Elon Musk is the Greatest American Industrialist of the 21st Century

It has been fashionable to criticize Elon Musk as lacking the qualities of a true entrepreneur, or not being a genuine free market capitalist. His primary transgression: his companies have taken advantage of government subsidies.

Before considering whether or not these criticisms are fair or justified, or even terribly relevant, it might be a good idea to examine Musk’s body of work. Because so far, 20 years in, this 48 year old immigrant from South Africa is arguably the greatest American industrialist of the 21st century.

Musk’s early work, back in the 1990s, focused on software and online financial services, including PayPal. The sale of his stakes in these companies made Musk wealthy, but what he’s done since then is what already secures his place in history.

Tesla, Musk’s best known affiliation, has brought electric cars into the mainstream. It’s easy to forget the risk Tesla’s founders endured, Martin Eberhard and Marc Tarpenning, when back in 2003 they literally bundled laptop batteries into a storage package capable of powering an electric sports car. Recognizing the potential, Musk invested millions in the company and eventually took over as CEO.

Today, seventeen years later, Tesla is valued at $151 billion. In 2019 Tesla reported sales of $26 billion and an operating cash flow of $2.6 billion in 2019. Its 2019 “levered free cash flow” (surplus cash after paying interest on debt) was $1.6 billion. According to investors, to whom all that matters is economic data, Tesla is the most […] Read More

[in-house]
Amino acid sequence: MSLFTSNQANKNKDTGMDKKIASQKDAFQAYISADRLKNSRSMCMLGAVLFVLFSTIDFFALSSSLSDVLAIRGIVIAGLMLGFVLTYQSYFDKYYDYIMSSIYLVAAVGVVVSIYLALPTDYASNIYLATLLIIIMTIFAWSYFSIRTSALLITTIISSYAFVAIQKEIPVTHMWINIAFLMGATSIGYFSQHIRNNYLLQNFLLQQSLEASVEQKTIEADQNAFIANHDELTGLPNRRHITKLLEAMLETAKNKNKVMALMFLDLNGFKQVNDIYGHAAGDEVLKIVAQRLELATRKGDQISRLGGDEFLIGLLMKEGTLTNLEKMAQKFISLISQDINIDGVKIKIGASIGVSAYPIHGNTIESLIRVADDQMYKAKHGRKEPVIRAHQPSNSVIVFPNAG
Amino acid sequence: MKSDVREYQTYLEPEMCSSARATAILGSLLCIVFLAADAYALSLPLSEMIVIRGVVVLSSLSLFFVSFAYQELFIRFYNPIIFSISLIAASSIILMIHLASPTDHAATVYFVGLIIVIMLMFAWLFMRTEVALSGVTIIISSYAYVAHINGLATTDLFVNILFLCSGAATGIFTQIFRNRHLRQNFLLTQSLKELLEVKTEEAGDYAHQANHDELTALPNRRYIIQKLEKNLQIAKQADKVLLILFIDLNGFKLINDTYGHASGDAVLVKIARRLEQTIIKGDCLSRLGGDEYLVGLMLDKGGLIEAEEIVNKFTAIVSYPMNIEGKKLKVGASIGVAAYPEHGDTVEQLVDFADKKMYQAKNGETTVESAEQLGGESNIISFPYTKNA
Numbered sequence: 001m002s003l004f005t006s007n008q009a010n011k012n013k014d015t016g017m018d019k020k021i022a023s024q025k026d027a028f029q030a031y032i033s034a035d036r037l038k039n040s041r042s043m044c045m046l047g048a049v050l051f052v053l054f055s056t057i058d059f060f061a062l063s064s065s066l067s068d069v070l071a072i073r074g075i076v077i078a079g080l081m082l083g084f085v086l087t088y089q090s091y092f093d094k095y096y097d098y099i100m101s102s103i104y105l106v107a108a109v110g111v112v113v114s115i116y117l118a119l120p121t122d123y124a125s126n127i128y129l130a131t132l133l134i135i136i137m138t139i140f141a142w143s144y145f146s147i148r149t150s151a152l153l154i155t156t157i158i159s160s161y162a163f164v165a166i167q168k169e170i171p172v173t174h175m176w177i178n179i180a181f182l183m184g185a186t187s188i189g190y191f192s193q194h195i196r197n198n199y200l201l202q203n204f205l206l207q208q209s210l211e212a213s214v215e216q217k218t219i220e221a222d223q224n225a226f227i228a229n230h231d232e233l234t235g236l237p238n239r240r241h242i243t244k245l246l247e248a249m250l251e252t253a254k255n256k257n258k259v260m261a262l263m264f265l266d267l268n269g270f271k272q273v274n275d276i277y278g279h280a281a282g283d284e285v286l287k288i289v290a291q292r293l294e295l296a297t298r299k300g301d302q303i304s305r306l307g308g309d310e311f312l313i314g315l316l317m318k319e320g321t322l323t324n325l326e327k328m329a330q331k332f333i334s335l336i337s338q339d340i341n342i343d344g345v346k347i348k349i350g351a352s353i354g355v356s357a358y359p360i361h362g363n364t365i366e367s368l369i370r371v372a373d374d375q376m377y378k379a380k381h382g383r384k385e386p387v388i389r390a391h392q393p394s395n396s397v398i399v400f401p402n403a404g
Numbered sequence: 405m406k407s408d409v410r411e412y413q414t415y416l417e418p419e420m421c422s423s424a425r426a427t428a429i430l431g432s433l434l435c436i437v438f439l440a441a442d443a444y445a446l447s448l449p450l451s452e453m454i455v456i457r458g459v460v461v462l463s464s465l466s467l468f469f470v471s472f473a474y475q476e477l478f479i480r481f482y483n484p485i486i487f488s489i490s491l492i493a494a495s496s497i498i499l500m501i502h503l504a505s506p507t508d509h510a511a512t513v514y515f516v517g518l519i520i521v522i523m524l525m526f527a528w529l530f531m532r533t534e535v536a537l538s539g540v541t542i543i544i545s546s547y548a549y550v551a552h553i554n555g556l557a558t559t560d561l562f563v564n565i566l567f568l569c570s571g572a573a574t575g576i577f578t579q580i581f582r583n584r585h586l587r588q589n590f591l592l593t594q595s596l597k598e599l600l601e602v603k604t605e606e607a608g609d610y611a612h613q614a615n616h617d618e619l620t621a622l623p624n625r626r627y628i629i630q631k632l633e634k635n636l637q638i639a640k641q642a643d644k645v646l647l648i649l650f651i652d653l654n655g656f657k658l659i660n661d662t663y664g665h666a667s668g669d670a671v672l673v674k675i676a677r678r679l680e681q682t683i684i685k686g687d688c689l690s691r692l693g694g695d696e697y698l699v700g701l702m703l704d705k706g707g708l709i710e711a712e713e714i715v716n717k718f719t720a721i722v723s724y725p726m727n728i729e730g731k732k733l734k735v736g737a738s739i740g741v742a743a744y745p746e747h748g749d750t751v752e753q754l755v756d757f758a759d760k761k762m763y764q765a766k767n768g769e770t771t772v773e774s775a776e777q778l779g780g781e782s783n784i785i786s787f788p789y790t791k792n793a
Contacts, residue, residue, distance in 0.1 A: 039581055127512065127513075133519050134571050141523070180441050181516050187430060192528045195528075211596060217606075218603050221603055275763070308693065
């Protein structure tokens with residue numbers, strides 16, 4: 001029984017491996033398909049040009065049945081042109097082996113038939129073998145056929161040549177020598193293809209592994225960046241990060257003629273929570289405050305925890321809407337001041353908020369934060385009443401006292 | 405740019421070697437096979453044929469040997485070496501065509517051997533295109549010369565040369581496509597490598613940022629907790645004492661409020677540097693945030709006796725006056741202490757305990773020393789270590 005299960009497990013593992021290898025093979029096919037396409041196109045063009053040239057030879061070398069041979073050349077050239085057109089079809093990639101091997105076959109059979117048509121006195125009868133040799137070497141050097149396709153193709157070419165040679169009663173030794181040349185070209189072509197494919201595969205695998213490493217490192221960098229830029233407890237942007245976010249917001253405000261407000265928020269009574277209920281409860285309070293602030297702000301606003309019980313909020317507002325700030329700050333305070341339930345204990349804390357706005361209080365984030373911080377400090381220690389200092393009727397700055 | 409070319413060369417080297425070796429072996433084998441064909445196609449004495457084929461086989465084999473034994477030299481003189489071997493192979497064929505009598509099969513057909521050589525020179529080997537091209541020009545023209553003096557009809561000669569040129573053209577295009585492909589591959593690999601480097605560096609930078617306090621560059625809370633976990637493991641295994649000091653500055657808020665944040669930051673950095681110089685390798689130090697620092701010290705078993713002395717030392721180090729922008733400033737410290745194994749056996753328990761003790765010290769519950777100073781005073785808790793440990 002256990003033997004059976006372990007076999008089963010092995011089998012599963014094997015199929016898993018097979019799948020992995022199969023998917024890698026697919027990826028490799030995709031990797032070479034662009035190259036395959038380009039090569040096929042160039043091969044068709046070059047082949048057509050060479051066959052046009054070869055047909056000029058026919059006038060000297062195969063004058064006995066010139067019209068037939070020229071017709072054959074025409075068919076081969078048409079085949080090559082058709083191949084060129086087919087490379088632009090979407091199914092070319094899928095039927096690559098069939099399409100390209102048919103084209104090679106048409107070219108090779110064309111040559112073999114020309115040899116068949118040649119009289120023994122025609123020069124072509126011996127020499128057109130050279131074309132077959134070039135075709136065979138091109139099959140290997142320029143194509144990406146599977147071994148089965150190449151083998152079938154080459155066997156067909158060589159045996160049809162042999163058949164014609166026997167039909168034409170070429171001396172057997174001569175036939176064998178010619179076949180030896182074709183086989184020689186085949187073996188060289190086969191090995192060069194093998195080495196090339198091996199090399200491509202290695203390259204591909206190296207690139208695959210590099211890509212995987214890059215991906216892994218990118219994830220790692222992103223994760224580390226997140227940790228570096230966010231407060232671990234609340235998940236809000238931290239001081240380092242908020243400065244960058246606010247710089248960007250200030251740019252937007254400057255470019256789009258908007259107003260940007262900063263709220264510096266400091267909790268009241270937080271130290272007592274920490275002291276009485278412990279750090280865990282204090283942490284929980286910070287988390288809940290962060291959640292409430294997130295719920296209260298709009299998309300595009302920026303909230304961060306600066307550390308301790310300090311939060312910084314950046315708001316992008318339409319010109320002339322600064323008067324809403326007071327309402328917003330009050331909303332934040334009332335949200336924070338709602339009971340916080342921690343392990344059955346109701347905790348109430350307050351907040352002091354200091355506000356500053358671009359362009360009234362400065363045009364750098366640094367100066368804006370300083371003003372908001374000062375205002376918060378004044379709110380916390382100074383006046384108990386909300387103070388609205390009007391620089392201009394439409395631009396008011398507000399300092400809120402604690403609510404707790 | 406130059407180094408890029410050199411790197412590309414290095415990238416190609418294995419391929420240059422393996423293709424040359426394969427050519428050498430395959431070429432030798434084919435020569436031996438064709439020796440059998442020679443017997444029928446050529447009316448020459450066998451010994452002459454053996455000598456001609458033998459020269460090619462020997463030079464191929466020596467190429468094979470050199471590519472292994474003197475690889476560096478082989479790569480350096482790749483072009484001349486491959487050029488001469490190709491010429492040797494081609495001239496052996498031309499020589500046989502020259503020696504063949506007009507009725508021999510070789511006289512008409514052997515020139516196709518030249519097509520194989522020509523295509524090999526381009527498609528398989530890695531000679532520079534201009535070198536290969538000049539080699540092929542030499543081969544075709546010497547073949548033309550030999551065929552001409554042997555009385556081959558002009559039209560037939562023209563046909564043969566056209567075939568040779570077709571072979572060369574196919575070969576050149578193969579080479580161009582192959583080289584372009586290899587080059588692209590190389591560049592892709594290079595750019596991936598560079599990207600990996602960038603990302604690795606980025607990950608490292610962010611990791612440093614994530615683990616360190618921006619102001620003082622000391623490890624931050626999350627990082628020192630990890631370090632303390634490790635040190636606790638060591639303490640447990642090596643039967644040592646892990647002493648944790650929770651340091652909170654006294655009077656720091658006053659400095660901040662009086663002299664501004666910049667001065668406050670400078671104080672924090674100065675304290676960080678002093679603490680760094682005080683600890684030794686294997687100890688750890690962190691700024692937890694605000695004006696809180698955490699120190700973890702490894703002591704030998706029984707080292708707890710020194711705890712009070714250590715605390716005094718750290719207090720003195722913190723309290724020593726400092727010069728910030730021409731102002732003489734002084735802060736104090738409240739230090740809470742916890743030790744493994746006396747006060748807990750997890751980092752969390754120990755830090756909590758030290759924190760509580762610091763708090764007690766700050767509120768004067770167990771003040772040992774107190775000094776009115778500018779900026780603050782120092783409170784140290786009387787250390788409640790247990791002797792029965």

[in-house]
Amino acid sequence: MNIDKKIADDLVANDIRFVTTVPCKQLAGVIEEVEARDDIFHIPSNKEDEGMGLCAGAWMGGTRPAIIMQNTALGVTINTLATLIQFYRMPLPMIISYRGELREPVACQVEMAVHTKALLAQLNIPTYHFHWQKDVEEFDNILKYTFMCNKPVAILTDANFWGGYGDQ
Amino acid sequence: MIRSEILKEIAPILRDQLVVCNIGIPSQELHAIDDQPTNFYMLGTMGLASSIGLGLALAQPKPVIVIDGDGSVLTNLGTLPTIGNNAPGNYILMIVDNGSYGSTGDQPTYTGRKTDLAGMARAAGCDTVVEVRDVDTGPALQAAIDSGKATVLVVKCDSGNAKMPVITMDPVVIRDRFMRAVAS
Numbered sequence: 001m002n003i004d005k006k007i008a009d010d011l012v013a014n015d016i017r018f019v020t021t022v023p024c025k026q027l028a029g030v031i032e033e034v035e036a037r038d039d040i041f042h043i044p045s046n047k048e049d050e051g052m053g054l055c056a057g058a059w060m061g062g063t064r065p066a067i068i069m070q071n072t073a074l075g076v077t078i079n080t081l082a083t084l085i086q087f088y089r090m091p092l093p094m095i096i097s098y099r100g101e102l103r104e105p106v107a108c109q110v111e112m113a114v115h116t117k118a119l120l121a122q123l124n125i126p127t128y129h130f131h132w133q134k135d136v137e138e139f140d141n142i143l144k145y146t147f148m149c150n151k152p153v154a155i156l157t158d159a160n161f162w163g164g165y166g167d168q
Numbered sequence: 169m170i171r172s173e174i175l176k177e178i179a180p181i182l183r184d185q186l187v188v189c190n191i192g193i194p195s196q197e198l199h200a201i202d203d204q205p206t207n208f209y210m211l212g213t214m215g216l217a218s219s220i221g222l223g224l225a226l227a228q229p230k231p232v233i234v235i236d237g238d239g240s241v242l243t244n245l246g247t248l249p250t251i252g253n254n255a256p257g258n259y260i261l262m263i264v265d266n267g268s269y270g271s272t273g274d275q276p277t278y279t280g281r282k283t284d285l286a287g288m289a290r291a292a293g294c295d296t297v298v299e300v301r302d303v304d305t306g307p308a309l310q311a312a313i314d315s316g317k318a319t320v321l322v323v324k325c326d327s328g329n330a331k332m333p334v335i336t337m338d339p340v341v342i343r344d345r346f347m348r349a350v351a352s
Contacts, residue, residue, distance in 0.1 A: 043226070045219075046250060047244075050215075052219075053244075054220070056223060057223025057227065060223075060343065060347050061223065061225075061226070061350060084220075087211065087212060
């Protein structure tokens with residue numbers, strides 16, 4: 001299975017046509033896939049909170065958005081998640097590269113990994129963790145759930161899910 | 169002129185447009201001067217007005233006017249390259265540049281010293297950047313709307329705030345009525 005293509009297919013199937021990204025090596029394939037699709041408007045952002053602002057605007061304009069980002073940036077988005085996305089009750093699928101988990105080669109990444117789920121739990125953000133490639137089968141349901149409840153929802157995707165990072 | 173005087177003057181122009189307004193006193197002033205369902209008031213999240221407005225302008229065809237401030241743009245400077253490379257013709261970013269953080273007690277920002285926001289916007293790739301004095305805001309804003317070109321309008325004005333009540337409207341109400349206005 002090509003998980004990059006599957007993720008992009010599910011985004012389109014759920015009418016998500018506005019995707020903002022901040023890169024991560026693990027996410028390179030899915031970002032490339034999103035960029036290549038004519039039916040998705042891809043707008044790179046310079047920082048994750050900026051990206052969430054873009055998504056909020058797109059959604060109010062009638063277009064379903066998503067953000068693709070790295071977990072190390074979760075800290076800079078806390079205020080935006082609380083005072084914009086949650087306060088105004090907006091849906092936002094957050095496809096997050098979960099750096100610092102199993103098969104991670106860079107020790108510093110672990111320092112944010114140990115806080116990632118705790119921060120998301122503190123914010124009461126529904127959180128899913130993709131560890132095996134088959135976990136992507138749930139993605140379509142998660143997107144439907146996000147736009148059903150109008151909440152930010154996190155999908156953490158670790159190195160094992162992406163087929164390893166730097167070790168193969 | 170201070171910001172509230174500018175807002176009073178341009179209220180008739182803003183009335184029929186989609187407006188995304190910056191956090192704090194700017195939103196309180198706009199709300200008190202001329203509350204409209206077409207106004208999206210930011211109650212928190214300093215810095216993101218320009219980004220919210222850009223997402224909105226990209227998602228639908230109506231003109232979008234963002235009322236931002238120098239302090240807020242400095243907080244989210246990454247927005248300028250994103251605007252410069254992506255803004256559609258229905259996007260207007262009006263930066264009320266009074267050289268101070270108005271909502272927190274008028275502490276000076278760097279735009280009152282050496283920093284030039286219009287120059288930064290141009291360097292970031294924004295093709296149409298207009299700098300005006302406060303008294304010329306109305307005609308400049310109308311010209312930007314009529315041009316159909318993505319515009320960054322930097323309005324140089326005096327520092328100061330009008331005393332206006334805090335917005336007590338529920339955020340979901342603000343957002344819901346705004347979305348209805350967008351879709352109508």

The Citizen Army That Will Recall Gavin Newsom

Even in deep blue California, it is possible to achieve the impossible. The technology to facilitate mass uprisings is mature and ubiquitous, and will function with or without the complicity of the social media and search monopolies. The political realignment we are witnessing in California is not partisan, it is not conservative or liberal, right or left, or Republican or Democrat. It is comprised of old and young, rich and poor, black and white and everyone else. This is a mass uprising. California’s pandemic shutdown isn’t just pushing the economy to the brink, it’s taken away whatever remained of the trust that Californians had in their elected officials.

This mistrust is finding expression in a growing movement to recall California Governor Gavin Newsom. Already, tens of thousands of California voters have signed up as volunteers to sign and circulate recall petitions. That number is growing every week. But that’s just the tip of the iceberg. Agenda are aligning. Alliances are forming. Gavin Newsom’s actions have created a unity that transcends political ideology and defies conventional labels. This is exemplified in the Open California movement.